On the other hand, Reader Peggy said she is seeing opportunity in specific sectors and precious metals. Her comments: “I have been and continue to be invested (almost fully) in stocks (mostly U.S. with significant % in energy and energy-related stocks and technology).
“But lately, I’ve been selling some of my U.S. stocks I think should be performing better and have increased my holdings in physical gold, silver, platinum and palladium. I’m also increasing my commodities holdings (natural gas, sugar, etc.). But I’m also buying Asian stocks. Why? They’re cheaper. And I’m also buying base metals and food and beverages.”
Lastly, Reader Charl said: “The low volume rally makes me optimistic about future stock prices! Real or not, the big funds have yet to join the rally. But as the bull continues they will have no choice.”
So there you have it — some investors are extremely skeptical, while others are relatively optimistic about future gains. I’ve laid out my roadmap for the markets many times here, in Safe Money Report, and elsewhere. I encourage you to add your thoughts whenever you have time at the Money and Markets website here.
|OTHER DEVELOPMENTS OF THE DAY|
Atlantic City’s decline claimed another victim today, with Trump Entertainment Resorts filing for bankruptcy. The company founded (but no longer controlled) by iconic real estate mogul Donald Trump runs two casinos there. Both are slated to close in the next several weeks amid a broader decline in the seaside resort’s fortunes.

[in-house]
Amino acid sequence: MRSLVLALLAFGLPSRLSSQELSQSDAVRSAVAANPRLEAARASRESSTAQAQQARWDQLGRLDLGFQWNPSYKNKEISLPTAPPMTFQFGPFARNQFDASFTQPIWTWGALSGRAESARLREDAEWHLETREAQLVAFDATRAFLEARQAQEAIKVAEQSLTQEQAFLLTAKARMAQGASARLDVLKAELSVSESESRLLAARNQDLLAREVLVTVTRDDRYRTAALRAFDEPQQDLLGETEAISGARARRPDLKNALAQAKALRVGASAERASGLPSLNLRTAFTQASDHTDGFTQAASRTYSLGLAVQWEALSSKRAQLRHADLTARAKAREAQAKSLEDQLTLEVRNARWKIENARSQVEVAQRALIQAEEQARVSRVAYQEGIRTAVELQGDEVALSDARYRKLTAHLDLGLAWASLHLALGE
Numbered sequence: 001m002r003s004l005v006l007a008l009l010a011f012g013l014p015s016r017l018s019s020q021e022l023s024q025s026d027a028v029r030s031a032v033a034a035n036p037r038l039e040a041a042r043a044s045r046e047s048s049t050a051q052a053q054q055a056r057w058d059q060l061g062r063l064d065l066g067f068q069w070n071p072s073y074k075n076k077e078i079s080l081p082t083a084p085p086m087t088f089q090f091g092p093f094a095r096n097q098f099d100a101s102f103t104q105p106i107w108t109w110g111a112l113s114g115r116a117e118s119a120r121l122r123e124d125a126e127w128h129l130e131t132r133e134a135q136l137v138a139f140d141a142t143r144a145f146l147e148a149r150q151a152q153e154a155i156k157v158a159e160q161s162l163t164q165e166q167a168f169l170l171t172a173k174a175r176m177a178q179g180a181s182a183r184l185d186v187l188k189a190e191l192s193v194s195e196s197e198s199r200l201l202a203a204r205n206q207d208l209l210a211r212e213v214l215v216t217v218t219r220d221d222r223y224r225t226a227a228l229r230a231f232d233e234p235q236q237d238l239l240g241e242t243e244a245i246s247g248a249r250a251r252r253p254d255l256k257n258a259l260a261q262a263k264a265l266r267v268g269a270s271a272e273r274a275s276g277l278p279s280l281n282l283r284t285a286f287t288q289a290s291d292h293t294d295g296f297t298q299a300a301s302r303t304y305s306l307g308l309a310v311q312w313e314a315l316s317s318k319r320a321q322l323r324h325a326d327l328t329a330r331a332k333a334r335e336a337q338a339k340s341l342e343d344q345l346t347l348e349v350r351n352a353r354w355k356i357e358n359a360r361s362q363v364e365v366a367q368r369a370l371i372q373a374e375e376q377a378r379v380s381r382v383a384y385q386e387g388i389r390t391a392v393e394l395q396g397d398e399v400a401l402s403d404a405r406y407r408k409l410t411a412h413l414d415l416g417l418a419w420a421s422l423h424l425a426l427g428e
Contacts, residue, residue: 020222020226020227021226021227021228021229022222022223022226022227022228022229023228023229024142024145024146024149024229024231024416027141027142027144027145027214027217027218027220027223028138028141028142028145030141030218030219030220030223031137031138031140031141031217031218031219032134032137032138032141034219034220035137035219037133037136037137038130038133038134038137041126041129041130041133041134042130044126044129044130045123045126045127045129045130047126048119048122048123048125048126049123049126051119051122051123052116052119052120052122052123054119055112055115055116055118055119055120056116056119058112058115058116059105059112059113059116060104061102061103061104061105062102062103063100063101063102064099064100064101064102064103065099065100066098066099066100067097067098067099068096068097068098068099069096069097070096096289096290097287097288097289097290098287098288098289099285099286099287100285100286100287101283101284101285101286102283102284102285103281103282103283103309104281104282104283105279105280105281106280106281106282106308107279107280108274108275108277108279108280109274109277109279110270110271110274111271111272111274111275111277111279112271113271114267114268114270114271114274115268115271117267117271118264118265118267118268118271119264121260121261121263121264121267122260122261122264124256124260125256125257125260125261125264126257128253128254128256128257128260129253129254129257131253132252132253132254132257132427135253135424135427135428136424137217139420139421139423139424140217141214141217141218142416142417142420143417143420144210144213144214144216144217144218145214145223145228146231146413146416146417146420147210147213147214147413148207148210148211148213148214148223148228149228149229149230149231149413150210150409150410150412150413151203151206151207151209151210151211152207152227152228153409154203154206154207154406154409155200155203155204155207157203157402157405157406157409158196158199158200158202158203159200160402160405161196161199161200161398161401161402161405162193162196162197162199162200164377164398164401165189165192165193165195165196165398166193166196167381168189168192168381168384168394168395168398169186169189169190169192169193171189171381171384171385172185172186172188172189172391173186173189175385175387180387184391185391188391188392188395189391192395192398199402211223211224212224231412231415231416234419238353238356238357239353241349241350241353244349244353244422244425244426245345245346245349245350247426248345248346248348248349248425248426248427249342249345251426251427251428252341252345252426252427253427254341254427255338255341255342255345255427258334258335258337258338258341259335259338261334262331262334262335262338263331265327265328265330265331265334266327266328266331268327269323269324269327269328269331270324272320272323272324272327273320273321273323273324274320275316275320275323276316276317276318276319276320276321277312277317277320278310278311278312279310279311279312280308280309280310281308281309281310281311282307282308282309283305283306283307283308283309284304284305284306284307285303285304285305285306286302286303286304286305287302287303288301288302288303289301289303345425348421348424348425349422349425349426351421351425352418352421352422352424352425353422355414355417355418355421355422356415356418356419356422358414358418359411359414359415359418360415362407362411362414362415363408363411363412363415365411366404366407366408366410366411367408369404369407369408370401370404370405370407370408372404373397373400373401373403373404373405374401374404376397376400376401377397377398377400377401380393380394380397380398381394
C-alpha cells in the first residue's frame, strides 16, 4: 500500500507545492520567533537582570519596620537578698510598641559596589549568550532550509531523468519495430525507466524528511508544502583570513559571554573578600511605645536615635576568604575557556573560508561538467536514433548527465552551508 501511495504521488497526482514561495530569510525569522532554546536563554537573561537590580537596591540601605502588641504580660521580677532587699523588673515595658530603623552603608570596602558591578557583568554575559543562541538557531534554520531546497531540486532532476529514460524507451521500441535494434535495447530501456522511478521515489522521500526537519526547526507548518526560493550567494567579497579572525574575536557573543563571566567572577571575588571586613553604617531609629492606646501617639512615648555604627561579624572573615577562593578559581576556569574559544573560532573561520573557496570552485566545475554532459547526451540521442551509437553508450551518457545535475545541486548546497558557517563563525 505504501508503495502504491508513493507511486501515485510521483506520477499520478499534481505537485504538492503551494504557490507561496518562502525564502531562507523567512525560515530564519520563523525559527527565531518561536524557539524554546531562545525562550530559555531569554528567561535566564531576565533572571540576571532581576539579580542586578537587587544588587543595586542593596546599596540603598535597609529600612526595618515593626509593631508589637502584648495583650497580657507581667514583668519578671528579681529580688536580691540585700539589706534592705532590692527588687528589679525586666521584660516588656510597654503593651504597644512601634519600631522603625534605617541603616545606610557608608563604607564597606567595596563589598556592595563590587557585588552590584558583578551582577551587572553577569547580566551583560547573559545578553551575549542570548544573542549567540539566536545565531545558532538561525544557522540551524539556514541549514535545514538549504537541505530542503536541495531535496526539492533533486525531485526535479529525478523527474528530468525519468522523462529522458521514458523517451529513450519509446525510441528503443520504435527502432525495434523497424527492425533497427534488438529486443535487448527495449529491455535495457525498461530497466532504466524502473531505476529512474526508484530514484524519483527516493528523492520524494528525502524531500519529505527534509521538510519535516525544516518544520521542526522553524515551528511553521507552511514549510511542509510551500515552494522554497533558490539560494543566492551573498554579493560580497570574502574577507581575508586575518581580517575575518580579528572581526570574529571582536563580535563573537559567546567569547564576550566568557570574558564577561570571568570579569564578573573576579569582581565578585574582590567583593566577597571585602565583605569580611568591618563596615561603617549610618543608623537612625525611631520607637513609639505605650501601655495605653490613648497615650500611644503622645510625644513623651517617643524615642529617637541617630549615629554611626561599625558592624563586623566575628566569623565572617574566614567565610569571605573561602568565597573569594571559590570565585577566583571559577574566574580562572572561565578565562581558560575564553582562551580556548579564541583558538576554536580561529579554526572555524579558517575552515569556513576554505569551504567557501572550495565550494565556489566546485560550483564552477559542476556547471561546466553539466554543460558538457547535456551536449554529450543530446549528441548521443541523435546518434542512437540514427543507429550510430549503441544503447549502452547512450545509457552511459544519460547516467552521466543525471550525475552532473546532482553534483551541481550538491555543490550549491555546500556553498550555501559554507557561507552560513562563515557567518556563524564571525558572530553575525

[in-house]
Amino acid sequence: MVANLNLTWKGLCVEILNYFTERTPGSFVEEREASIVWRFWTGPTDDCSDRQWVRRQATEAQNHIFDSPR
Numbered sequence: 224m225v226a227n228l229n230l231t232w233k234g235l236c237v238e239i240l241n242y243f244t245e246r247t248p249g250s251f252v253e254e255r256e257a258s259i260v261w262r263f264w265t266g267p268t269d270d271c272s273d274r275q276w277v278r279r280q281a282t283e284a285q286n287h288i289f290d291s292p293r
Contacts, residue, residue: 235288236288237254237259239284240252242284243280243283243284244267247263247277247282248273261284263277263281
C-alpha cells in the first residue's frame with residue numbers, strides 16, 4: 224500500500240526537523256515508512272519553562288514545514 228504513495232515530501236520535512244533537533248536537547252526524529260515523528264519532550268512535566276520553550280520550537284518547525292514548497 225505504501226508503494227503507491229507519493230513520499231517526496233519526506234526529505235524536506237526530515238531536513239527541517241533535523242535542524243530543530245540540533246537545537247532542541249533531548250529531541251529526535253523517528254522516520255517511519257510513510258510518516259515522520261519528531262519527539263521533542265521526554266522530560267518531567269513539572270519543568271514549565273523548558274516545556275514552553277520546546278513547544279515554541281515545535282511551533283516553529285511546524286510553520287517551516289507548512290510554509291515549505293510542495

Jitters over Scotland’s upcoming independence referendum continue to grow in Europe. U.K. Prime Minister David Cameron is putting on a full-court press to keep Scotland in the U.K., while the British pound continued its recent tumble. Even Spanish bond prices dropped in value amid fears that a similar secession movement in that country’s Catalan region will gain steam.
The shift toward healthier, organic, and foods perceived as better for us continues to impact Corporate America. The latest example: General Mills (GIS, Weiss Ratings: B+) announced plans to buy Annie’s (BNNY, Weiss Ratings: C) for $820 million to expand its organic product line.
The firm makes products such as mac and cheese in the shape of rabbits, which I fed my own kids when they were younger and which tastes pretty darn good. Unfortunately, the stock had been a lousy performer since its 2012 initial public offering thanks to operational challenges and a surge in wheat prices.
Reminder: You can let me know what you think by putting your comments here.
Until next time,
P.S. Don’t miss out on Martin’s new Q&A video that addresses your questions! It was posted just today! Click here to view now! You will also be able to catch up on the urgent video briefings that he posted last week.